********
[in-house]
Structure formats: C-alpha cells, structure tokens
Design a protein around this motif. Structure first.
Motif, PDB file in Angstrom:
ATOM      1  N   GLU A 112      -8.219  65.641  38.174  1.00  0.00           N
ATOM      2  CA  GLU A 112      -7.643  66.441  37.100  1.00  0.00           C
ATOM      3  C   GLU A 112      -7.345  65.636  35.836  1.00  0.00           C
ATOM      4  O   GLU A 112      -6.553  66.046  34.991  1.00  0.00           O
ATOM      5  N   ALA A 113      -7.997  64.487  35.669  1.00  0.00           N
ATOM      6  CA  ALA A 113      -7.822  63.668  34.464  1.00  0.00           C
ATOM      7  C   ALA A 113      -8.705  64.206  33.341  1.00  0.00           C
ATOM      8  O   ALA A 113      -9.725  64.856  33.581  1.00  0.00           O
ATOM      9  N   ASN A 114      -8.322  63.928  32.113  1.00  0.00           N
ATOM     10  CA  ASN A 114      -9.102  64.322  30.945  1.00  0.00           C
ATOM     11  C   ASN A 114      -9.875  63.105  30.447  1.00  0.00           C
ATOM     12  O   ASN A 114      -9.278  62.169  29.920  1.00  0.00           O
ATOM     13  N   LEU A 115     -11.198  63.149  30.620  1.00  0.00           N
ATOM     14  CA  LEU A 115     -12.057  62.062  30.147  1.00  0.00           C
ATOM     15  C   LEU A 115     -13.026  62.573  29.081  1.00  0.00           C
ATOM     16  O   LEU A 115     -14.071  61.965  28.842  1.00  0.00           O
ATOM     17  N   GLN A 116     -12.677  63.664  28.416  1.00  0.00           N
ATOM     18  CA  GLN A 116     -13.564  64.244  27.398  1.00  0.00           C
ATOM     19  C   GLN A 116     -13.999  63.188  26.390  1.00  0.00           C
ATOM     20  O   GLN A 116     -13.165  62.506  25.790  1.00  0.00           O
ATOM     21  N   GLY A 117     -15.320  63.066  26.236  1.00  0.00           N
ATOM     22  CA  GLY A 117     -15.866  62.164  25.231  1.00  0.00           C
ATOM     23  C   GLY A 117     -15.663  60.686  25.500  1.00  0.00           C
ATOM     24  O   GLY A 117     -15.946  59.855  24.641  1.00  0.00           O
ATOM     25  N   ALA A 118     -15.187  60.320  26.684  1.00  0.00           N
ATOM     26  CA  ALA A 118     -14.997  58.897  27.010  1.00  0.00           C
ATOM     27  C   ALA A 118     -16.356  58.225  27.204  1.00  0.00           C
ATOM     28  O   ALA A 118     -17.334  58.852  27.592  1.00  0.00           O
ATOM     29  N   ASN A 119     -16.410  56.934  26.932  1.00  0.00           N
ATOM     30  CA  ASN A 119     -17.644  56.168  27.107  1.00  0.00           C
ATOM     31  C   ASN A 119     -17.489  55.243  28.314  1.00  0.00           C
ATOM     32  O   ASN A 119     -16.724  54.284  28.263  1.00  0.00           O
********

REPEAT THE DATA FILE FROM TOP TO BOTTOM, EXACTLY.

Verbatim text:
[in-house]
Structure formats: C-alpha cells, structure tokens
Design a protein around this motif. Structure first.
Motif, PDB file in Angstrom:
ATOM      1  N   GLU A 112      -8.219  65.641  38.174  1.00  0.00           N
ATOM      2  CA  GLU A 112      -7.643  66.441  37.100  1.00  0.00           C
ATOM      3  C   GLU A 112      -7.345  65.636  35.836  1.00  0.00           C
ATOM      4  O   GLU A 112      -6.553  66.046  34.991  1.00  0.00           O
ATOM      5  N   ALA A 113      -7.997  64.487  35.669  1.00  0.00           N
ATOM      6  CA  ALA A 113      -7.822  63.668  34.464  1.00  0.00           C
ATOM      7  C   ALA A 113      -8.705  64.206  33.341  1.00  0.00           C
ATOM      8  O   ALA A 113      -9.725  64.856  33.581  1.00  0.00           O
ATOM      9  N   ASN A 114      -8.322  63.928  32.113  1.00  0.00           N
ATOM     10  CA  ASN A 114      -9.102  64.322  30.945  1.00  0.00           C
ATOM     11  C   ASN A 114      -9.875  63.105  30.447  1.00  0.00           C
ATOM     12  O   ASN A 114      -9.278  62.169  29.920  1.00  0.00           O
ATOM     13  N   LEU A 115     -11.198  63.149  30.620  1.00  0.00           N
ATOM     14  CA  LEU A 115     -12.057  62.062  30.147  1.00  0.00           C
ATOM     15  C   LEU A 115     -13.026  62.573  29.081  1.00  0.00           C
ATOM     16  O   LEU A 115     -14.071  61.965  28.842  1.00  0.00           O
ATOM     17  N   GLN A 116     -12.677  63.664  28.416  1.00  0.00           N
ATOM     18  CA  GLN A 116     -13.564  64.244  27.398  1.00  0.00           C
ATOM     19  C   GLN A 116     -13.999  63.188  26.390  1.00  0.00           C
ATOM     20  O   GLN A 116     -13.165  62.506  25.790  1.00  0.00           O
ATOM     21  N   GLY A 117     -15.320  63.066  26.236  1.00  0.00           N
ATOM     22  CA  GLY A 117     -15.866  62.164  25.231  1.00  0.00           C
ATOM     23  C   GLY A 117     -15.663  60.686  25.500  1.00  0.00           C
ATOM     24  O   GLY A 117     -15.946  59.855  24.641  1.00  0.00           O
ATOM     25  N   ALA A 118     -15.187  60.320  26.684  1.00  0.00           N
ATOM     26  CA  ALA A 118     -14.997  58.897  27.010  1.00  0.00           C
ATOM     27  C   ALA A 118     -16.356  58.225  27.204  1.00  0.00           C
ATOM     28  O   ALA A 118     -17.334  58.852  27.592  1.00  0.00           O
ATOM     29  N   ASN A 119     -16.410  56.934  26.932  1.00  0.00           N
ATOM     30  CA  ASN A 119     -17.644  56.168  27.107  1.00  0.00           C
ATOM     31  C   ASN A 119     -17.489  55.243  28.314  1.00  0.00           C
ATOM     32  O   ASN A 119     -16.724  54.284  28.263  1.00  0.00           O